Conducting a Site Visit: What to Know Before You Go


Regardless of whether you’re part of a credit union, CUSO, or other vendor, when planning events it’s important to be familiar with the venue, location, and onsite event staff. Live events always have elements that are unpredictable, but in order to be as prepared as possible to mitigate any potential for surprises, conducting a site visit prior to booking the venue is a must! A site visit is recommended to be done prior to signing any contracts and depending on the venue, this may need to be done as far as one year in advance of the event.

Once you have your venue of choice selected you will start the process by submitting a request for proposal (RFP), which will allow you to give the venue information of your event’s details and preferred dates. This will also be the opportunity to request a hotel room block if your event requires this accommodation. At this point in the process, you will be working with the sales representative from the venue to negotiate meeting room space, accommodations, rental fees, and food and beverage minimums.

Hotel rooms

It is important to note that many properties will make you contract very specific guest rooms, and if those are not noted in the contract when it comes to booking, you will not be offered select rooms at the negotiated room rate. This is where conducting a site visit is very valuable! Make sure when visiting the property, you are given a tour of all room types and suites. (Some properties consider a fold-out couch as a full-size bed and some even have murphy beds.)

Know the needs of your guests and attendees ahead of time so when you are contracting you can negotiate between how many king rooms, queen rooms, and even suites you may need. When booking larger events feel free to ask the property about comping suites for any executives or special VIP guests or even room upgrades for the discounted room rate. Another question to ask during negotiations is having the discounted rate extended for the dates prior to the event and after the event to allow attendees to take advantage of their stay, especially if at a travel destination. This can help attract attendees to your event as well.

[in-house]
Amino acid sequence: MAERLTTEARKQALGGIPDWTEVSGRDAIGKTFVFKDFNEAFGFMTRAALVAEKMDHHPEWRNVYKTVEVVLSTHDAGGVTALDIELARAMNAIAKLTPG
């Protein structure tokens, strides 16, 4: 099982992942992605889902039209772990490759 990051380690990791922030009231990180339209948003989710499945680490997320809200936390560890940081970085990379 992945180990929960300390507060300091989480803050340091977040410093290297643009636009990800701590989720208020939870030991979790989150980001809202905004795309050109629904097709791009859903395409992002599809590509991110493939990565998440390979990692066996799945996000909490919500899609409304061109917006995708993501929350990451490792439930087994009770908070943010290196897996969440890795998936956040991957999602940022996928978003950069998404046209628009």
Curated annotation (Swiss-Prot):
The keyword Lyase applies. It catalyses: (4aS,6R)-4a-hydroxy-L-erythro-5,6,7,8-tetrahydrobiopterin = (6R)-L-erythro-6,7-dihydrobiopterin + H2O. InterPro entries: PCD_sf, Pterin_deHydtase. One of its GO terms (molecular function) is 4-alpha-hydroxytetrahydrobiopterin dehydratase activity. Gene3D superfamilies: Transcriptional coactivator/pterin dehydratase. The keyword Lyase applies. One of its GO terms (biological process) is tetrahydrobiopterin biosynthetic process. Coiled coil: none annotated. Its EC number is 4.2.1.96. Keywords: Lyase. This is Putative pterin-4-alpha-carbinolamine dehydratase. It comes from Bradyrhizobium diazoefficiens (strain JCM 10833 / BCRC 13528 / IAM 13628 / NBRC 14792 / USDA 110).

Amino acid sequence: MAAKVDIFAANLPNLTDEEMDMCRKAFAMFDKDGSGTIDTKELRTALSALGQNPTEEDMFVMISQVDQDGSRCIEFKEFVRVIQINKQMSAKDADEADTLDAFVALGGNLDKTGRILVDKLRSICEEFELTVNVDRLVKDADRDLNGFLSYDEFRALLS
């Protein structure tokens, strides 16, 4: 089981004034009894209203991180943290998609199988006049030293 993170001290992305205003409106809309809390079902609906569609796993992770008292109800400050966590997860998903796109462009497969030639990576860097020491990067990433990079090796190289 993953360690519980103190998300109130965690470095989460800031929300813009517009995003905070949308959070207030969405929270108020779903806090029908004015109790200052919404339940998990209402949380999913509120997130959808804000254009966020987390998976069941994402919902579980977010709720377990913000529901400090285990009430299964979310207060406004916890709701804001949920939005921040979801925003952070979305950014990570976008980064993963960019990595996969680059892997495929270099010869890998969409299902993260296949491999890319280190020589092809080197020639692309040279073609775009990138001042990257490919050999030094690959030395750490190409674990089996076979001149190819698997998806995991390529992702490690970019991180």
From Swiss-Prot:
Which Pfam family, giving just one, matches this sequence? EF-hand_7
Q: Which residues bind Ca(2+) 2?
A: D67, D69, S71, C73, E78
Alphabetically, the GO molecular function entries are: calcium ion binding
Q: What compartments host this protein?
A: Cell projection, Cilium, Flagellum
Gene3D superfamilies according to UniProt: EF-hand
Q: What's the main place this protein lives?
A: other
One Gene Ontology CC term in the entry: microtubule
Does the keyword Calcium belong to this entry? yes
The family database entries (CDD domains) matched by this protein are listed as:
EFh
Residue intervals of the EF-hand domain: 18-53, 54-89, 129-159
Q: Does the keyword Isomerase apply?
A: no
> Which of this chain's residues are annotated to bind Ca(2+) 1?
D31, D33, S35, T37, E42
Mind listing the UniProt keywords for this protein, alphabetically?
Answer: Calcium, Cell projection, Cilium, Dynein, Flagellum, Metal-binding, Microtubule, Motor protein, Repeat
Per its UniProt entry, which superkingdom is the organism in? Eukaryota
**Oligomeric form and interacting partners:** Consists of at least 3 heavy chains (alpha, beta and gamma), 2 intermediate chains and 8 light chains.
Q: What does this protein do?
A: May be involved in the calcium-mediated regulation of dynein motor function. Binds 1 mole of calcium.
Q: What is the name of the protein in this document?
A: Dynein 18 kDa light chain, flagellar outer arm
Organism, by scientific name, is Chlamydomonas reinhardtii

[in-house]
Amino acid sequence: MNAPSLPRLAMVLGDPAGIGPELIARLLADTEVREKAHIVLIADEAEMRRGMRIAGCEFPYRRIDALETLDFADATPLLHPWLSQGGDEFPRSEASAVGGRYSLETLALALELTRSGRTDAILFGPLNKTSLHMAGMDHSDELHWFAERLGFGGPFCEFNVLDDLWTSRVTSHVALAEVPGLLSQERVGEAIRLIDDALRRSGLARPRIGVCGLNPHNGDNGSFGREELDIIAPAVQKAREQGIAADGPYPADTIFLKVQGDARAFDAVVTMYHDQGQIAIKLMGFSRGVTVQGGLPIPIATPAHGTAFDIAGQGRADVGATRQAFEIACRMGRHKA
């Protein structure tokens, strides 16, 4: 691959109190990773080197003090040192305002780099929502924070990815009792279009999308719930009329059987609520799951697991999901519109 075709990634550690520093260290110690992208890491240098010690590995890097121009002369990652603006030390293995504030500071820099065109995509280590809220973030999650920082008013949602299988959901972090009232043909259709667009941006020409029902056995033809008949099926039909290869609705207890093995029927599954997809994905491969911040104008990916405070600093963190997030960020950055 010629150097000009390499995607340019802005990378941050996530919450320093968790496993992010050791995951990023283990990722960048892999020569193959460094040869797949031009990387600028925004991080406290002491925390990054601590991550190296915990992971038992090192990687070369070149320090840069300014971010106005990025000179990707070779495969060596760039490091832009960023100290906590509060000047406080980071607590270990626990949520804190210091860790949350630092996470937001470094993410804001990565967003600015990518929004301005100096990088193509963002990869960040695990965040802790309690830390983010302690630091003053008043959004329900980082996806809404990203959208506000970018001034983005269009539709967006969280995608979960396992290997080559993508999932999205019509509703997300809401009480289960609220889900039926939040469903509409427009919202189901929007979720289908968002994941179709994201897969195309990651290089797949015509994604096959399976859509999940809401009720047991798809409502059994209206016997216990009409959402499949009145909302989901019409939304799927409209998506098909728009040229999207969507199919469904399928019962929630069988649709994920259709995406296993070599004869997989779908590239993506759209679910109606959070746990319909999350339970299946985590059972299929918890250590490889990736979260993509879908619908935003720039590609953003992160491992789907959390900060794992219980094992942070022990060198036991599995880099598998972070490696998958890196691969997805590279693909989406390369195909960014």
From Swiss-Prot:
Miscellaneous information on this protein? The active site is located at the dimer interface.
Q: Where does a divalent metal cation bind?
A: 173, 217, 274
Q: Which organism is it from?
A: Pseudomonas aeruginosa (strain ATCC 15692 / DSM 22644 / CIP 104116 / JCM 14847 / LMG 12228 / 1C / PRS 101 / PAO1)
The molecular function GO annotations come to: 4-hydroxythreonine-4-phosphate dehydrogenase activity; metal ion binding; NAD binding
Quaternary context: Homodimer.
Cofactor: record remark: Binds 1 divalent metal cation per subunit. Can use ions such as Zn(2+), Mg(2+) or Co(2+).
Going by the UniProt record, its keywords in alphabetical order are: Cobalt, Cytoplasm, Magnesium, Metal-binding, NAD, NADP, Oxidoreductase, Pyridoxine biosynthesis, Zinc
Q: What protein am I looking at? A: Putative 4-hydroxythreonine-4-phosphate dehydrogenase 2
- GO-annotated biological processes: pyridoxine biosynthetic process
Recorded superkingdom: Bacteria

The event space and city

When on-site make sure to get a tour of the meeting room space and be aware of what is surrounding the location of the meeting room. Is it loud and near a busy entry point? Are there restrooms nearby? Where is the catering service area located? Ask questions regarding what is allowed as far as audio/visual and what services does the venue offer in this arena? There are often fees for the use of outside vendors, and sometimes the venue will not allow services to be outsourced to a third-party vendor.

Of course, the obvious thing to do on a site visit is to get your bearings of the property and the surrounding area. Ask those at the property for a list of things to do and see along with places to eat and shop. Explore as much as you can! Check into the amenities offered on-site (spa, gym, restaurants, concierge services, etc.). My favorite thing to do at a site visit is to find local eats and belly up to the bar. Make a friend with the bartender and bend their ear on the best places to eat, things to see, things not to do, and gain knowledge from a local in the area!

Know who you’ll be working with

Finally, it’s important to meet the staff. Site visits are usually conducted by the sales team; however, you will not be working with the sales team once the contract is executed. Make sure to be introduced to the event coordination team and ask if the property can have you meet with the coordinator that would be assigned to your event. If the property has a special rooms coordinator that will be handling all your guest rooms make sure to meet with them as well.

Do your research and plan ahead

Site visits are usually short trips depending on the work that needs to be accomplished while visiting. Make the most of your time by doing research prior to the trip. Search travel blogs and other travel sites for insider information. Have an itinerary established by the sales team prior to leaving, and then you will be prepared to not miss anything on the checklist. Ensure the success of the event by being prepared and asking questions that you have defined ahead of time. Take photos and videos to share back at the office with the other decision-makers. Remember to keep the perspective of not only the event planner but also the perspective of the attendee.


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